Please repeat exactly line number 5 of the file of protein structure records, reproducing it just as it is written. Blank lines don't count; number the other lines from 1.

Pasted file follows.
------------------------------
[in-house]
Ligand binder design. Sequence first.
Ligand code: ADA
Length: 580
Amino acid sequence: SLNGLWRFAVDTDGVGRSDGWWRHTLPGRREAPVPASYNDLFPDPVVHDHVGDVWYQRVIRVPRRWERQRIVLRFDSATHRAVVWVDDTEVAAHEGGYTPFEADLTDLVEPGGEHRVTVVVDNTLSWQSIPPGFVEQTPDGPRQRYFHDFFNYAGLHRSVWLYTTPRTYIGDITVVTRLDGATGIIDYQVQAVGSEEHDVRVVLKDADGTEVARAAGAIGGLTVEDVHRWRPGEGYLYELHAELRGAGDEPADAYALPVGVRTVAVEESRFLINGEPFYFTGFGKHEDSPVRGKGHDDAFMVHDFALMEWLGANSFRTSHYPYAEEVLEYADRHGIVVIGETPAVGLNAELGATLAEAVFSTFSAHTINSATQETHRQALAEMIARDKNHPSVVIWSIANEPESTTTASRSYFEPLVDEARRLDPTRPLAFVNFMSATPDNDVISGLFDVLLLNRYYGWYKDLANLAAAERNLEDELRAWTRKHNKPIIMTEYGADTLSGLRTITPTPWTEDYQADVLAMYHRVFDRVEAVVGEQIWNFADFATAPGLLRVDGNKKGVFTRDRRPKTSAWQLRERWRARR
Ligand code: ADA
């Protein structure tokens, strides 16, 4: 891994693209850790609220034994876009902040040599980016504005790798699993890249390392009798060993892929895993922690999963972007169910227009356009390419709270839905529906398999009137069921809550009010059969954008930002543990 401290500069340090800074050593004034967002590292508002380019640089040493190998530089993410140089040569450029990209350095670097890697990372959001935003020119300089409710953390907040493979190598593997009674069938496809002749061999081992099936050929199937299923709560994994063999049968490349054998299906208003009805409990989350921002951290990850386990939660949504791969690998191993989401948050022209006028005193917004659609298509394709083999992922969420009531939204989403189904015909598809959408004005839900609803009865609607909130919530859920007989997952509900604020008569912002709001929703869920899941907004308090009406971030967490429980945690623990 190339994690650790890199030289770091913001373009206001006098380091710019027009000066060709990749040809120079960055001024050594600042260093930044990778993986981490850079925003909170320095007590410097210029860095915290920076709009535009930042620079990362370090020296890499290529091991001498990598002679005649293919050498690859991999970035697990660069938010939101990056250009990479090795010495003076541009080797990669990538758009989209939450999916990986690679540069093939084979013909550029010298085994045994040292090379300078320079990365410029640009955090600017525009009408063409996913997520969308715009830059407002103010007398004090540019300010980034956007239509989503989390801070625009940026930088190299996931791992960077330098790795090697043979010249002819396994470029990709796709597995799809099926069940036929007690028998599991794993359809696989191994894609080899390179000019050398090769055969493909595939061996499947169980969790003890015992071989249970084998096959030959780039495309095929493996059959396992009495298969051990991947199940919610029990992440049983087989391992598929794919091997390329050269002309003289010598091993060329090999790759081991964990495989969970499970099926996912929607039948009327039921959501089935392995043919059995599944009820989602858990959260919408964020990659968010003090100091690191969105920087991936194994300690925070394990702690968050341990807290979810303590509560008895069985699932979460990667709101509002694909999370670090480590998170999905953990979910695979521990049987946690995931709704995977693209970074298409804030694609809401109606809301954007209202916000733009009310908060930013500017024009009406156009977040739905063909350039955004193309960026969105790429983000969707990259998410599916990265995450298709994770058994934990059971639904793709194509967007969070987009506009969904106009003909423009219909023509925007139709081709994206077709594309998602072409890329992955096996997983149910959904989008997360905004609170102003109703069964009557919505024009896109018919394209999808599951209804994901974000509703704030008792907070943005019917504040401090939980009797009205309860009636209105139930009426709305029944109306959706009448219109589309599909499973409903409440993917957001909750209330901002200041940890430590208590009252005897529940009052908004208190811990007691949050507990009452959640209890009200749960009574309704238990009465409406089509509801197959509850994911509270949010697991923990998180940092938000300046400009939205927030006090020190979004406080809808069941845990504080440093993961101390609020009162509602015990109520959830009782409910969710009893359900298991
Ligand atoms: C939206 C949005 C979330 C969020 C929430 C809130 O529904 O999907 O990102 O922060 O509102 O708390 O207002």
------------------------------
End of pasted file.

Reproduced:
Amino acid sequence: SLNGLWRFAVDTDGVGRSDGWWRHTLPGRREAPVPASYNDLFPDPVVHDHVGDVWYQRVIRVPRRWERQRIVLRFDSATHRAVVWVDDTEVAAHEGGYTPFEADLTDLVEPGGEHRVTVVVDNTLSWQSIPPGFVEQTPDGPRQRYFHDFFNYAGLHRSVWLYTTPRTYIGDITVVTRLDGATGIIDYQVQAVGSEEHDVRVVLKDADGTEVARAAGAIGGLTVEDVHRWRPGEGYLYELHAELRGAGDEPADAYALPVGVRTVAVEESRFLINGEPFYFTGFGKHEDSPVRGKGHDDAFMVHDFALMEWLGANSFRTSHYPYAEEVLEYADRHGIVVIGETPAVGLNAELGATLAEAVFSTFSAHTINSATQETHRQALAEMIARDKNHPSVVIWSIANEPESTTTASRSYFEPLVDEARRLDPTRPLAFVNFMSATPDNDVISGLFDVLLLNRYYGWYKDLANLAAAERNLEDELRAWTRKHNKPIIMTEYGADTLSGLRTITPTPWTEDYQADVLAMYHRVFDRVEAVVGEQIWNFADFATAPGLLRVDGNKKGVFTRDRRPKTSAWQLRERWRARR